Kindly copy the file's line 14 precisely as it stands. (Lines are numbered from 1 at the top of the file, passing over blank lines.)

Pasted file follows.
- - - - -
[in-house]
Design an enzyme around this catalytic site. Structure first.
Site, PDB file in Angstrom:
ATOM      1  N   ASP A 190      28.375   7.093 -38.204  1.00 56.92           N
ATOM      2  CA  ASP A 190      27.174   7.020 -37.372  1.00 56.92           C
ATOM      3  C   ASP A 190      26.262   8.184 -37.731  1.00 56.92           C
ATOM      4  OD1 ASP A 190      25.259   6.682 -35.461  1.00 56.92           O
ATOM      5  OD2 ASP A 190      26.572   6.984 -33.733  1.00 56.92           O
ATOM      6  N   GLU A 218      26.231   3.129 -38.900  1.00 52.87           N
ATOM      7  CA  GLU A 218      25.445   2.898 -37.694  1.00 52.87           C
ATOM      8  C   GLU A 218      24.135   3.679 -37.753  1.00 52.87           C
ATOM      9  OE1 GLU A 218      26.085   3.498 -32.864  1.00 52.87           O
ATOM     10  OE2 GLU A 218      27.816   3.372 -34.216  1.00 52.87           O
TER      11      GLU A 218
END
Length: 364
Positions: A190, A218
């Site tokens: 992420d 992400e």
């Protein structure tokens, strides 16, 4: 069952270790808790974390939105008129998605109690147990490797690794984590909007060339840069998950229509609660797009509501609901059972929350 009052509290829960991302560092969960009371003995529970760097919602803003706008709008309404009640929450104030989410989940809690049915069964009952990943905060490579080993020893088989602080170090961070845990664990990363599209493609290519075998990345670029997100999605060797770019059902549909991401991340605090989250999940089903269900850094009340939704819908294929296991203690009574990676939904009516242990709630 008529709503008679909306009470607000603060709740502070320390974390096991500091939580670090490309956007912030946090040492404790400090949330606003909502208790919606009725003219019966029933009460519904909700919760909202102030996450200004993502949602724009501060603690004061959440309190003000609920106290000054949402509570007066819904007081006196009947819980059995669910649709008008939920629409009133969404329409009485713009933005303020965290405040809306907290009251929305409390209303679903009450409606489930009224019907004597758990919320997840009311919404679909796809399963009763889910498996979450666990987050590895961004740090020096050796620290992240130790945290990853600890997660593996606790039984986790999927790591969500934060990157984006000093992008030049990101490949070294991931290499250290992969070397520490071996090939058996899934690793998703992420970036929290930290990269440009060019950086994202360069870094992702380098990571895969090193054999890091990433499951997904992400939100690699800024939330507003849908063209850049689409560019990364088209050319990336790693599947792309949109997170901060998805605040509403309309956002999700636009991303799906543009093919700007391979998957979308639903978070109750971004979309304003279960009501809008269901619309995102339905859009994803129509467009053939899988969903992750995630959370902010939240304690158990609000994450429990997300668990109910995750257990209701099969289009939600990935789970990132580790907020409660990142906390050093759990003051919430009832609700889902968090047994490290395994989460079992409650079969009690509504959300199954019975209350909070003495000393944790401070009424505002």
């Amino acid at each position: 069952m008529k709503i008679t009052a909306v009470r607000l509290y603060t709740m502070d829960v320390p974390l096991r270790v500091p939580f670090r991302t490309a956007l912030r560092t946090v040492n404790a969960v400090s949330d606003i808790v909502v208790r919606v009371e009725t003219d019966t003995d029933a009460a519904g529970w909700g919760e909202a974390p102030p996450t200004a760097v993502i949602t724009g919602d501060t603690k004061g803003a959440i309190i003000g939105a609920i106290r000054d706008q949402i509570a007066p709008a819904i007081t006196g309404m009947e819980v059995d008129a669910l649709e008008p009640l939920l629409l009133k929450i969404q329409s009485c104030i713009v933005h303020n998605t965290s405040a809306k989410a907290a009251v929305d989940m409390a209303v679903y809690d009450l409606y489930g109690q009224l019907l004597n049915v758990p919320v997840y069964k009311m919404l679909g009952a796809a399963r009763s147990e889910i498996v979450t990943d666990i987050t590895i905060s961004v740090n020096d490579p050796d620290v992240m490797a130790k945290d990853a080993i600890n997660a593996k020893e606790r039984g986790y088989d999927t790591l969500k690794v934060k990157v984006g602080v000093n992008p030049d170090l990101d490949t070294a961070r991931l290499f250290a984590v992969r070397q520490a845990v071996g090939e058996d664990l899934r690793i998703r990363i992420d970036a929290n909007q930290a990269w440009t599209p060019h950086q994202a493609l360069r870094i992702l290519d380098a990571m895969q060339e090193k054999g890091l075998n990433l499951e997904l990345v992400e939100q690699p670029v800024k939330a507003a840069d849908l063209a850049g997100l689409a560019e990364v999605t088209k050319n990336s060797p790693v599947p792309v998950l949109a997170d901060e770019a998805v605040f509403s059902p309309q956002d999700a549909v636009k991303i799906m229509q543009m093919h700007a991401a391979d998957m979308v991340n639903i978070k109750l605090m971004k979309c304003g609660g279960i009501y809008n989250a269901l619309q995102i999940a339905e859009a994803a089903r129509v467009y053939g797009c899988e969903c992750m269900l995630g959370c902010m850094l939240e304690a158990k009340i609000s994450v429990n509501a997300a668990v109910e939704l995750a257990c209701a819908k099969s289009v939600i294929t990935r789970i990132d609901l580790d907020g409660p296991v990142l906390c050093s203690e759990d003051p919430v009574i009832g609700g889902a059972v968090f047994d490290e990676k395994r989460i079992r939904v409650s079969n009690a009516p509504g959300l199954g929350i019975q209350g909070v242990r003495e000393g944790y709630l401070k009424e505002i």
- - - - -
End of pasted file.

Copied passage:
TER      11      GLU A 218